Divorce Home Loan Options and Considerations

Navigating the difficult process of a divorce involves many tough decisions for both parties.  Please keep in mind that I am not an Attorney and am not providing legal advice, just considerations and some facts about Home Loans and Divorce to consider. 

Will either party keep the house?  This is a difficult decision for sure.  Will the house payment be affordable on one salary?  Are there good memories associated with the house or is it time for a fresh perspective?  The best route is to take a good, hard look at the finances, is it affordable?  Will the house meet your needs as a 1 adult home?  Will your kids benefit from staying in the same house, neighborhood, schools, etc?  Can I afford to keep the home on one salary?  Will you bring bring in room mates to help cover the monthly payment?  

Many considerations to be made and they are very personal to your preferences and finances.  We discuss the answers to these questions below. 

How will the equity be split?  (if at all)?  Was the home purchased by both spouses?  Was it financed by both parties?  Was Title held by both?  Do you live in a community property state?   Was the home owned by one party prior to marriage?  Did 1 or both parties pay all or a portion of the monthly mortgage, taxes, insurance, utilities and house maintenance?   This is definitely a subject to consider with your Attorney if it was not purchased while married and financed in both names.  

How can I keep the house and pay out my soon to be Ex-spouse?  Yes or maybe.  This will depend on qualifying for a refinance to pull out the necessary funds to equalize the payout to both parties.  This can be achieved with a first mortgage refinance or adding a 2nd mortgage.  Give us a ring and we will help you compare the options to see which is the most affordable for you. 

How do we determine the value of the home?  If you can agree on the value, that is the best route, as it avoids costly divorce attorney fees while they lob high and low offers back and forth, not appeasing either party.  Options can include using an Appraiser to value the home. A divorce appraisal differs from a home purchase or refinance appraisal as these two are used to determine the value of the home today vs a Divorce appraisal may be used to determine what the home was worth when one party left the home or separation began. You can also rely on the court to determine the final value in many jurisdictions, but it is still less stressful and costly to negotiate a fair value without bring the court into the process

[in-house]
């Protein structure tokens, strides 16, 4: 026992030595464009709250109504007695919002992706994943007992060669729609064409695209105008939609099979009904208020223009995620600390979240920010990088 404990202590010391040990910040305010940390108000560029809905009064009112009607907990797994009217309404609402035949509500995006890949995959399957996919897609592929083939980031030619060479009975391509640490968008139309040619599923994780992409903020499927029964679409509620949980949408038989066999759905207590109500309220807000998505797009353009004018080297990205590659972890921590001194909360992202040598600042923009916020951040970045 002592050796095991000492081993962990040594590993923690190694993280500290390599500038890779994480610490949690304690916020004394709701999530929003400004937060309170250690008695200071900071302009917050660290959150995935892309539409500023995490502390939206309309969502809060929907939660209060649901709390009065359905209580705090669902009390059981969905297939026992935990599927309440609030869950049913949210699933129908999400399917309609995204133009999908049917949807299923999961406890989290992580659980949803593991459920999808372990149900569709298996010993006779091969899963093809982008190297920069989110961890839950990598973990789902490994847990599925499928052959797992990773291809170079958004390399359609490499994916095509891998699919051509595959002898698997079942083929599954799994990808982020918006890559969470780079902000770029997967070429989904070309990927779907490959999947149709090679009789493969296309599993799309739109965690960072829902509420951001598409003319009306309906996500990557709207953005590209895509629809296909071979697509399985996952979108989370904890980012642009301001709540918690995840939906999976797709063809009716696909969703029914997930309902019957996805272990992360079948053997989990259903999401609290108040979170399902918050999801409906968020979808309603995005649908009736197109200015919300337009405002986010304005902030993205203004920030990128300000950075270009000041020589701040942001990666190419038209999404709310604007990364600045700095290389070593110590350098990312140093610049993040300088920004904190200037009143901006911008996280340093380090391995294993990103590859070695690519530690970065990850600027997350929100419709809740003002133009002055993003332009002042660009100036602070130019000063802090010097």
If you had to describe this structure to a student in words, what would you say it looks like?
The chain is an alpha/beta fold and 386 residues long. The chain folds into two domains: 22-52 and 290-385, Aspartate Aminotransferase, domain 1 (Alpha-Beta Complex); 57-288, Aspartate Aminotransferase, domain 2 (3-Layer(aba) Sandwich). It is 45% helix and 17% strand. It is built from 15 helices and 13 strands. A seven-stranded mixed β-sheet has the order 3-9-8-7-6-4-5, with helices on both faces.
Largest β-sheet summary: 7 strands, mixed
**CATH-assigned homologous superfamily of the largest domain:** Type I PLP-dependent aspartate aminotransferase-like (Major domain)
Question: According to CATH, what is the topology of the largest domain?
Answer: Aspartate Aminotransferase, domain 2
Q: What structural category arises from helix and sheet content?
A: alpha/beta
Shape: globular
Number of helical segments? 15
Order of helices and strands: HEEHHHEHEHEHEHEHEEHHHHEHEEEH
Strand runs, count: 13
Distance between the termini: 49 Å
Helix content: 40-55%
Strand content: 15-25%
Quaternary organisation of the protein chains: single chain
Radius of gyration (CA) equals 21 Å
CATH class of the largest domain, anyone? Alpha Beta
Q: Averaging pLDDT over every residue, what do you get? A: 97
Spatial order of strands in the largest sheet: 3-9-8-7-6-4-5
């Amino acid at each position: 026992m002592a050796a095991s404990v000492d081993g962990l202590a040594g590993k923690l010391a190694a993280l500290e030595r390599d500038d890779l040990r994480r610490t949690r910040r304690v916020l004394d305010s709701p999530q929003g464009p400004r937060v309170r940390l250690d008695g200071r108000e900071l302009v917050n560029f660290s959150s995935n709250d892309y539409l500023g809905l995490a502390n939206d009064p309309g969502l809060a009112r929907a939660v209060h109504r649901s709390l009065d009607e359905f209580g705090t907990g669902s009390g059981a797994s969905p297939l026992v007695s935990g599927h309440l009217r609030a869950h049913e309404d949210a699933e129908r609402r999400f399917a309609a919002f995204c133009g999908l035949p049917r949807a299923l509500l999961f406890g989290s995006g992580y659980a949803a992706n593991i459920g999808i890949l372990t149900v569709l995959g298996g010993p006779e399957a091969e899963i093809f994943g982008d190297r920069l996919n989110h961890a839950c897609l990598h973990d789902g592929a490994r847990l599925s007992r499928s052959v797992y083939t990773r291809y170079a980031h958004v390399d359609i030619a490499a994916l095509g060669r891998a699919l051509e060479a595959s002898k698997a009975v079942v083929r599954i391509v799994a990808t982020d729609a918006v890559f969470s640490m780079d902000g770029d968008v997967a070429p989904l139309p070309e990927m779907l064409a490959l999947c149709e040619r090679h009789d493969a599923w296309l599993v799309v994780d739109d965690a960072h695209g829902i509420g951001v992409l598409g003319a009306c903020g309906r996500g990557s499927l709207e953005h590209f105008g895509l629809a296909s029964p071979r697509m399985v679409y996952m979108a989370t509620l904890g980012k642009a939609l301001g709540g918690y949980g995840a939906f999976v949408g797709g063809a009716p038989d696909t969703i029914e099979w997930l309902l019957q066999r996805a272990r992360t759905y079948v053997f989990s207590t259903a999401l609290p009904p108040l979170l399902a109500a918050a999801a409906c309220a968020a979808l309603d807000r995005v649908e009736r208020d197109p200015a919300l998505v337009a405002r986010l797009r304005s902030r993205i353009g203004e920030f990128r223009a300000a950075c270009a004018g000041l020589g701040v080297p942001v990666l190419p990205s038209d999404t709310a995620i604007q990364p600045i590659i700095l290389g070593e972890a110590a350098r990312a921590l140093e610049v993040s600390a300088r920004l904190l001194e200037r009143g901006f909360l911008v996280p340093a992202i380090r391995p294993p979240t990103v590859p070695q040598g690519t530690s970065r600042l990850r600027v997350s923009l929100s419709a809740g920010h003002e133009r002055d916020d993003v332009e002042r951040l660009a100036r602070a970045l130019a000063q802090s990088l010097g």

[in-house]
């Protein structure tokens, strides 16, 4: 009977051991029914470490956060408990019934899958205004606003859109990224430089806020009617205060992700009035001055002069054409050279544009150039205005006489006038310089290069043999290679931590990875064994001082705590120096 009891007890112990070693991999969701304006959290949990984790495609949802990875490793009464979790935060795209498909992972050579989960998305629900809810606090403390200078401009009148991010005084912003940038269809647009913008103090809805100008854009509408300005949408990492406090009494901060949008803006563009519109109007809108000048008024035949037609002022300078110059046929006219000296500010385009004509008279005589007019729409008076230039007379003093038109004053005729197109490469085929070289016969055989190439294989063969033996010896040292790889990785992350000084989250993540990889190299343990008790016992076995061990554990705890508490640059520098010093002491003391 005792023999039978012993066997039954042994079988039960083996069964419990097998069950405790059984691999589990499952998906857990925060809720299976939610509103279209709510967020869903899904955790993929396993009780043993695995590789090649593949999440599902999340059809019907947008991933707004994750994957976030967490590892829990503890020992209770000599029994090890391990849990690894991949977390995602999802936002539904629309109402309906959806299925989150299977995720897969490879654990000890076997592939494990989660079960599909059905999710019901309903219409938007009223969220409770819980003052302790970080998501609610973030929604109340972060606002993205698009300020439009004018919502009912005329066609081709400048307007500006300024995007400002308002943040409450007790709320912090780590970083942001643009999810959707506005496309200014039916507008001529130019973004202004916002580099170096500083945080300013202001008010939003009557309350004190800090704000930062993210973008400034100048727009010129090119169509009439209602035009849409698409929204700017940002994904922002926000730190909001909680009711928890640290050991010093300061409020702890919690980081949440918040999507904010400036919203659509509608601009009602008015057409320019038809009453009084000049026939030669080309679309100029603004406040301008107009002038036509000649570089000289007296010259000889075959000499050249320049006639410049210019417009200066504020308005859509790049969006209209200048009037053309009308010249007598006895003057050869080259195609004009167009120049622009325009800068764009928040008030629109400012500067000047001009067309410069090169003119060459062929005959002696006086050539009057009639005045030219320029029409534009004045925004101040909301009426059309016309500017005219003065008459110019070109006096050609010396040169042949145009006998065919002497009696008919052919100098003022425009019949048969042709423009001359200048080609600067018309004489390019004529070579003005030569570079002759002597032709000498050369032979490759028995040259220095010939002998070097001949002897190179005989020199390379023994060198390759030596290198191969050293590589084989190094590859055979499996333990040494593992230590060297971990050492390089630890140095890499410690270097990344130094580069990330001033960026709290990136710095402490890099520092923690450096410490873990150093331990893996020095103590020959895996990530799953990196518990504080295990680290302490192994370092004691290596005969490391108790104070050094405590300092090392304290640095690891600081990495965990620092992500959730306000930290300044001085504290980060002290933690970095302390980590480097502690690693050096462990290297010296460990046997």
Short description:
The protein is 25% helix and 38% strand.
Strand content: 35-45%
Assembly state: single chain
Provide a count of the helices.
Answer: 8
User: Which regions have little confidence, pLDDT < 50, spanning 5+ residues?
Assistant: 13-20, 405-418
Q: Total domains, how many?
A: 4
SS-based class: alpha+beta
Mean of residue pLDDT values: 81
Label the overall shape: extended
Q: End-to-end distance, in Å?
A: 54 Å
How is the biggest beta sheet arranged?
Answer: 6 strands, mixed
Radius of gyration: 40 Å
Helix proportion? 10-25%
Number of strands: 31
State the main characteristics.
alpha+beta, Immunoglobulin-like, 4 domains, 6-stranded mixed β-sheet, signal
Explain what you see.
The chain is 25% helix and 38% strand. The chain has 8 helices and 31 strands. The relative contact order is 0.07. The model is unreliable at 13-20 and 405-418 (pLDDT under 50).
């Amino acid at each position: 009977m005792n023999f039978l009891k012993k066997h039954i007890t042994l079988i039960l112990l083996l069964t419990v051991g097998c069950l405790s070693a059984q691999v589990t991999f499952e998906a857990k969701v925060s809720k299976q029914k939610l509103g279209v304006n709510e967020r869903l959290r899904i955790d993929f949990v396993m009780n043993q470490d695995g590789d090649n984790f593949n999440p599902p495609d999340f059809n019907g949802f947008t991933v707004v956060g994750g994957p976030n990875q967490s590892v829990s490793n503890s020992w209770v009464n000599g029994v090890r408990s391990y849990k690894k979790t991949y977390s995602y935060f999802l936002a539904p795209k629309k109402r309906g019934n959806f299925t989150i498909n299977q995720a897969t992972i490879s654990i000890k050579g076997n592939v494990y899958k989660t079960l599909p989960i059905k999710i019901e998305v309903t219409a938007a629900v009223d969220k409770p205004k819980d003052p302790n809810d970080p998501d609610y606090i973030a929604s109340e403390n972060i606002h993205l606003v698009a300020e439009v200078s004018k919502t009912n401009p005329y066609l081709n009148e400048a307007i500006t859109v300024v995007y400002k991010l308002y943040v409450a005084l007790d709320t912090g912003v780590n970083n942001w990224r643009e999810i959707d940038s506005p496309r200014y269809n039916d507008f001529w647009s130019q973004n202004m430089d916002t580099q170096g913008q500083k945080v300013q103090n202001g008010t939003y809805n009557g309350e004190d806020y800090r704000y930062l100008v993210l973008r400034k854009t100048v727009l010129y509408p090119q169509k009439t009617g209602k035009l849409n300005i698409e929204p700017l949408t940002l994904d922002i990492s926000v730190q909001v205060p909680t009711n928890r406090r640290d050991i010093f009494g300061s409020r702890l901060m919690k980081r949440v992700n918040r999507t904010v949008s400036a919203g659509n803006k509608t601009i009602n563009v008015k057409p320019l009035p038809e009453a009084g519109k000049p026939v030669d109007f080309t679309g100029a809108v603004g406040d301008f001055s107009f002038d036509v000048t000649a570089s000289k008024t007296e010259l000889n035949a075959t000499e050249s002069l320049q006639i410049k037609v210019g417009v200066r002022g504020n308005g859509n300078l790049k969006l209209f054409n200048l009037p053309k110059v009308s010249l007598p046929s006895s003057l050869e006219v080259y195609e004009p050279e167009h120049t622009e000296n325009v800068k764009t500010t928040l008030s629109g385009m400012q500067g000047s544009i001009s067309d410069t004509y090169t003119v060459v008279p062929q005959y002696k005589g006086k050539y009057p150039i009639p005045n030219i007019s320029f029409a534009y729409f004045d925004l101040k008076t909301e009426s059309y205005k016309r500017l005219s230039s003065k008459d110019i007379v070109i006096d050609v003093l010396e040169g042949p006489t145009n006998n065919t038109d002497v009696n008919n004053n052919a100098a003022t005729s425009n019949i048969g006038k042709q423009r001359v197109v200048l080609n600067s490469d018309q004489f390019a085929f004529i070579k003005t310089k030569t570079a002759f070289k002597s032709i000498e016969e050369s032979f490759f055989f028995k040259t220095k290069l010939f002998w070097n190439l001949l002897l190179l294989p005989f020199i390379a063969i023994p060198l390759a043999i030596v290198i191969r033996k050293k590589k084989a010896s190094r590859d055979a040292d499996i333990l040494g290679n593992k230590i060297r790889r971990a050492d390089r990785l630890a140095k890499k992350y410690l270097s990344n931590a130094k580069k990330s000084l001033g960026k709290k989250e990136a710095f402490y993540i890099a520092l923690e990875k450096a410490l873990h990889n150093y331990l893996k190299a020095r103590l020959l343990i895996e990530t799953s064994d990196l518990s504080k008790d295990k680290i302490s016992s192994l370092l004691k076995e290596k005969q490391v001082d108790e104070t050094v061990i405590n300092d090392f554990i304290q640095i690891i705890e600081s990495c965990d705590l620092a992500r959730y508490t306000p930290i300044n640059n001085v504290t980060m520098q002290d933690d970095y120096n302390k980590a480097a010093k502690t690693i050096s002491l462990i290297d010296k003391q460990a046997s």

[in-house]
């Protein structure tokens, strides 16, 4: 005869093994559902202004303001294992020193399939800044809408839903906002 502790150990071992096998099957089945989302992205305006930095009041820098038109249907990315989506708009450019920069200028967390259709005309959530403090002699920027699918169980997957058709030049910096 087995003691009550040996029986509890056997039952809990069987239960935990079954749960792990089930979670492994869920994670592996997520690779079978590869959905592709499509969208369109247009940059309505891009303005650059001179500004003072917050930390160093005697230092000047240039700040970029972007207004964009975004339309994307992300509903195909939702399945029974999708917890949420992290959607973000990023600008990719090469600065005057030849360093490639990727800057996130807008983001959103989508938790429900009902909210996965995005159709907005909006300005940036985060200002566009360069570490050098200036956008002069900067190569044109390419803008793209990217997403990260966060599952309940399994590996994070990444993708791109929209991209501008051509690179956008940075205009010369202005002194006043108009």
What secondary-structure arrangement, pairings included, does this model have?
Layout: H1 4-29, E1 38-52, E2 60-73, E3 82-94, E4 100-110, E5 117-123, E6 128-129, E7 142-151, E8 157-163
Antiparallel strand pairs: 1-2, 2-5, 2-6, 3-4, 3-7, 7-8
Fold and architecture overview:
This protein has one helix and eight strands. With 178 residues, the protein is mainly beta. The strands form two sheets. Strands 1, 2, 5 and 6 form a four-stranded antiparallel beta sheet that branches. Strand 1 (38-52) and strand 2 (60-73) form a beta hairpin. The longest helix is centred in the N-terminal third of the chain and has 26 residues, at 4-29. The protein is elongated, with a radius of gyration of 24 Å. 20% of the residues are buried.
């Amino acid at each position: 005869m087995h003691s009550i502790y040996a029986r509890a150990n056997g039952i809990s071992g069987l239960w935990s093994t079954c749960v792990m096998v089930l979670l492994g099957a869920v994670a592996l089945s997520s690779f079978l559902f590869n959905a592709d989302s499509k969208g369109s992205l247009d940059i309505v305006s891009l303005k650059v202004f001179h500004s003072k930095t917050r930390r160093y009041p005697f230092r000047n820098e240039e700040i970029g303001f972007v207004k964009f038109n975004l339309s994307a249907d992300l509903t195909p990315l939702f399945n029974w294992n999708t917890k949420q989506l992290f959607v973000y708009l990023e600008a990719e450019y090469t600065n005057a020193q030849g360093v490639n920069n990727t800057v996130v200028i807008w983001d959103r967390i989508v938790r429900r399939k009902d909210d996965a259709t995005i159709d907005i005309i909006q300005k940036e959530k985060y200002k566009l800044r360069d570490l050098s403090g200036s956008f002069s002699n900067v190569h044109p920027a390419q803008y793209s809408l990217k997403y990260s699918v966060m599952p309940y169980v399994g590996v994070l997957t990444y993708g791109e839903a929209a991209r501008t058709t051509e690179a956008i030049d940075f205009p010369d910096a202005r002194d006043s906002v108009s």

If I refinance to buy out my soon to be Ex-spouse is it considered a Cash Out Refinance?  You may qualify to refinance and buy out your soon to be Ex-spouses equity without it being considered a Cash Out Refinance.  This is beneficial in several ways.  Cash Out refinances have higher rates than rate/term refinances.  The spouse buyout also offers higher Loan to Value ratios than the 80% cap on Cash out refinances.  It is also quicker than selling the home and avoids Realtor Selling commissions and closing costs, which can range from 5-8% of the sale price. .

Can I buy another home after we sell this house?  This is a good reason to consult with a trusted Loan pro.  Downsizing into a condo may sound like a budget saver, but HOA dues and Property Taxes may cut into the savings. (for California properties where Property taxes are reset when the home sells, then only minor increases from there).   Sometimes both parties end up purchasing new homes after the sale of the marital home, sometimes one party keeps the home, and sometimes both end up renting after the split. 

Consult with us to find out what your options are.   Give Brian Skaar a call at 760-752-4480 for a free consultation.